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Saturday, 10 November 2012

Blaydon Corps

Blaydon opened on 19th May 1878 as a Christian Mission Station, only a few months before William Booth renamed the Christian Mission as the Salvation Army.  Thus it was one of the earliest Corps of the Salvation Army with the number 43. T. Borrill with fellow Christian Missioners from Felling and Shields led the initial meetings, saving some of Blaydon’s worst characters. The town was regarded as being very poor with “many out of work and others working half-time”. Six months later T. Borrill was sent to Bedlington and a “Hallelujah Lass” named Sarah Broadbent took command. Converts continued to be made.

Blaydon Corps Hall
 In November 1879 Emmanuel Rolfe was sent to open the work in Winlaton. He was met at Blaydon Railway Station by the Blaydon officer and a Salvation Army soldier. Together they trudged up the hill in the snow to have a quick cup of tea before marching out with another comrade to commence an open-air in the freezing cold. Almost immediately Captain Rolfe took command of both Blaydon and Winlaton although in the rapidly growing Army where on average three new Corps per week were being established, Blaydon enjoyed being known as one of the earliest.

However, some Corps did close in the early 1880s and Blaydon appears to have been one of them. In 1893 though, Blaydon reopened although now as Corps 1435. It was soon making an impression on the Army world. In the “Provincial Race” of War Cry selling in the United Kingdom, it was the top Corps in May 1893 (having reopened three months earlier under Captain Blake and Lieutenant Carter). The following month Major Hodder, the officer commanding the Newcastle Division, visited Blaydon and the Wesleyan Chapel was virtually filled for a “glorious meeting”. (One noteworthy point is that William Booth’s name was still on the local Wesleyan preachers plan). 

In July 1893 War Cry sales were still high and a large number of recruits were sworn in during one week’s campaign. The campaign ended with three days of Salvation activities including a Saturday tea for over 200 and a march headed by Newcastle V band.  The Sunday morning meeting commenced with an open-air and knee-drill on Summerhouse Hill with over seventy people. More open-airs and testimonies from recruits were followed by afternoon and evening meetings at the Mechanics Institute.  In conclusion on Monday afternoon there was a Holiness meeting and in the evening, with Hexham band on the march and in the Chapel, forty soldiers were sworn in. The income was £14. “After expenses are paid, the balance will go towards furnishing the officers’ quarters. God Bless the Blaydon Bricks”.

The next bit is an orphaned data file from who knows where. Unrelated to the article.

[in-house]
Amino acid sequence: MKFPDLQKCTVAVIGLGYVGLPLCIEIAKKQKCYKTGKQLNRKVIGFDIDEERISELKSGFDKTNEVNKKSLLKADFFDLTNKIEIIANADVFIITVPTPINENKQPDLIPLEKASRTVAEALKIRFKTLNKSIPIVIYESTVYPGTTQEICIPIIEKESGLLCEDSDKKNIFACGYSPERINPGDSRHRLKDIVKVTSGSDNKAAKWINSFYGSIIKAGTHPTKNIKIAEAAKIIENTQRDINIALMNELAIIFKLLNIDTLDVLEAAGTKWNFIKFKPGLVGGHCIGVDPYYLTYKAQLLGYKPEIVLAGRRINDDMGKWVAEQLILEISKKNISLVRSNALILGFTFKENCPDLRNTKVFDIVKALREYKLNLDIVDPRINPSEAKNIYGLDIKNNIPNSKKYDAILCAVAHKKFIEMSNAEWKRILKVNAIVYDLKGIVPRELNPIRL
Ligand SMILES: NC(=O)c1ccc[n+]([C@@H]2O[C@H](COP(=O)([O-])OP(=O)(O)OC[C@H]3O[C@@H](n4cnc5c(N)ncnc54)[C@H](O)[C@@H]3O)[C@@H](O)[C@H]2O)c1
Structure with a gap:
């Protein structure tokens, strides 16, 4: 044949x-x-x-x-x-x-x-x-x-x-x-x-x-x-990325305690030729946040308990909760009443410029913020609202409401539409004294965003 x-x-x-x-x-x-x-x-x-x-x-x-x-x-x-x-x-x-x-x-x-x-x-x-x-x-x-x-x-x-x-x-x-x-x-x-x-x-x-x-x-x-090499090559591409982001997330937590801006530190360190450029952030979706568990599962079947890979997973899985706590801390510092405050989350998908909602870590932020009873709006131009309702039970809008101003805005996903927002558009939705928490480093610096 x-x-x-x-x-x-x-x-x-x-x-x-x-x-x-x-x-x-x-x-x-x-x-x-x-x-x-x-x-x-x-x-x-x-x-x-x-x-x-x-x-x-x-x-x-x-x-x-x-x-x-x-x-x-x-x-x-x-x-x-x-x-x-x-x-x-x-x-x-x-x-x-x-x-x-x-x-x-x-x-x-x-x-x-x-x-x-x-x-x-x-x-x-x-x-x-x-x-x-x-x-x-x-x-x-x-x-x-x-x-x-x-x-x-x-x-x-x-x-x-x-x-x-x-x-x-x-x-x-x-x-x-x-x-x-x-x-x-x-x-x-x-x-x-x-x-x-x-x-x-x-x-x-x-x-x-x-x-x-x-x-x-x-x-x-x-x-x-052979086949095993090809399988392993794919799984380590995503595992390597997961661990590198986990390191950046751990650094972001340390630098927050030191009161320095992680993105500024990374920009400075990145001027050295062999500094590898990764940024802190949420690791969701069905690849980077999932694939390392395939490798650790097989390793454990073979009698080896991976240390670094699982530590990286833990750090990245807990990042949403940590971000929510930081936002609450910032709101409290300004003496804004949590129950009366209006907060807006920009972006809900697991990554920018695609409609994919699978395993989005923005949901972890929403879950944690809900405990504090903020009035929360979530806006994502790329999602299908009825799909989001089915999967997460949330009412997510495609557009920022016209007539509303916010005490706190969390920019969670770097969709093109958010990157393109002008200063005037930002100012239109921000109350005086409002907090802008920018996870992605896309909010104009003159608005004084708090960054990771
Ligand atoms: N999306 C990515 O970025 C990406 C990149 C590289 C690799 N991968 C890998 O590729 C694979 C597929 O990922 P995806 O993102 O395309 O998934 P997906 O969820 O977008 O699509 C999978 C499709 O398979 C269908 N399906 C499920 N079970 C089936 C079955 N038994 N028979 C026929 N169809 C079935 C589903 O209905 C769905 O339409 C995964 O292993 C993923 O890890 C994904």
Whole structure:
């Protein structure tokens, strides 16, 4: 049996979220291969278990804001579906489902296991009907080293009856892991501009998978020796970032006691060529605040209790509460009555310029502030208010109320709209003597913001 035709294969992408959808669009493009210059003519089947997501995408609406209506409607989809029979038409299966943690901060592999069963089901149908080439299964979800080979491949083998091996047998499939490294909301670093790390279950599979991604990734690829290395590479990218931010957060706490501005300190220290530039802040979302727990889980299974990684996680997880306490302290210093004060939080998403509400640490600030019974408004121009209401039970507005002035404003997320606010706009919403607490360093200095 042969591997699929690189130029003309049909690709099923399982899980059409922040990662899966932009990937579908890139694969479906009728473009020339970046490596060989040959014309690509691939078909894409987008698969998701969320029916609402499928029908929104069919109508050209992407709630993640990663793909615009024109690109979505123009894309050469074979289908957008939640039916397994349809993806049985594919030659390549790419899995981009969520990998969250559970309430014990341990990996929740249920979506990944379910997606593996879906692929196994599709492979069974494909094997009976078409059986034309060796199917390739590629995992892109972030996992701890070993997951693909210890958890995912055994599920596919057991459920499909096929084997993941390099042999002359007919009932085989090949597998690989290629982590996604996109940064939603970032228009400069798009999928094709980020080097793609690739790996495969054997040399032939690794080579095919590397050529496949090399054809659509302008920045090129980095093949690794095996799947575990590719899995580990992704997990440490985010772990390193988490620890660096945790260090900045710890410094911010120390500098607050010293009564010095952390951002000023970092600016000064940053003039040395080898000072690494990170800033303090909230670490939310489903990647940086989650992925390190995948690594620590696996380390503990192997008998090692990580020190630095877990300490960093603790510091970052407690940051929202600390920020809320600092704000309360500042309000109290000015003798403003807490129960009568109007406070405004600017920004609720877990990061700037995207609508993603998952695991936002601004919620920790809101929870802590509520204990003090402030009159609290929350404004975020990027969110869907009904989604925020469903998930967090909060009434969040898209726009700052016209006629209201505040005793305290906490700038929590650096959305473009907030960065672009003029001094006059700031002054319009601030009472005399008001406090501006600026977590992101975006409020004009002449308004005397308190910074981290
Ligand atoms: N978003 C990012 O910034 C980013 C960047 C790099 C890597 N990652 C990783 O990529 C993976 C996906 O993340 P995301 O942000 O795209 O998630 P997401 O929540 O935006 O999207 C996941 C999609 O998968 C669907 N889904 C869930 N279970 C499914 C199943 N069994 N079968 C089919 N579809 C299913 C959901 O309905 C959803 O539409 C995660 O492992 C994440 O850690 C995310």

The interior of the hall
 In February 1894, at the first Corps anniversary, Blaydon C.O.s (Captain Marshall and Lieutenant Digance) celebrated with the help of Bentinck (Newcastle V) Band. References were made to the commissioning of a drum-and-fife Band at Blaydon. Three years later a local man, Henry Rawson, left Blaydon for the Training Garrison and went on to serve the Army well in a variety of appointment. By November 1905, Blaydon had well in excess of 130 soldiers, 28 recruits and a Band of twenty-five, frequently seen resplendent in their ‘lion-tamers’ tunics. Even the three Junior bandsmen wore such tunics specially made for them. In July 1906 General Booth himself visited to give a Monday address at the Co-operative Hall. 800 people heard the General give a stirring address on the need for, and success of, the Salvation Army.

Blaydon Salvation Army Corps continued it service until September 2012 when despite the best efforts of the few remaining soldiers, the Corps was closed. Winlaton had closed some years earlier. Blaydon Corps has been run for well over twenty years by Envoy June Tones.

The Blaydon Corps building today was originally built in 1850 as Winlaton Primitive Methodist Chapel. It was built on the ash-pits of the blacksmith shops and furnaces which, along with houses and cottages, were packed into the area. The Chapel was extended in 1895 and known as Winlaton Front Street Primitive Methodist Chapel (later Chapel was exchanged for Church).

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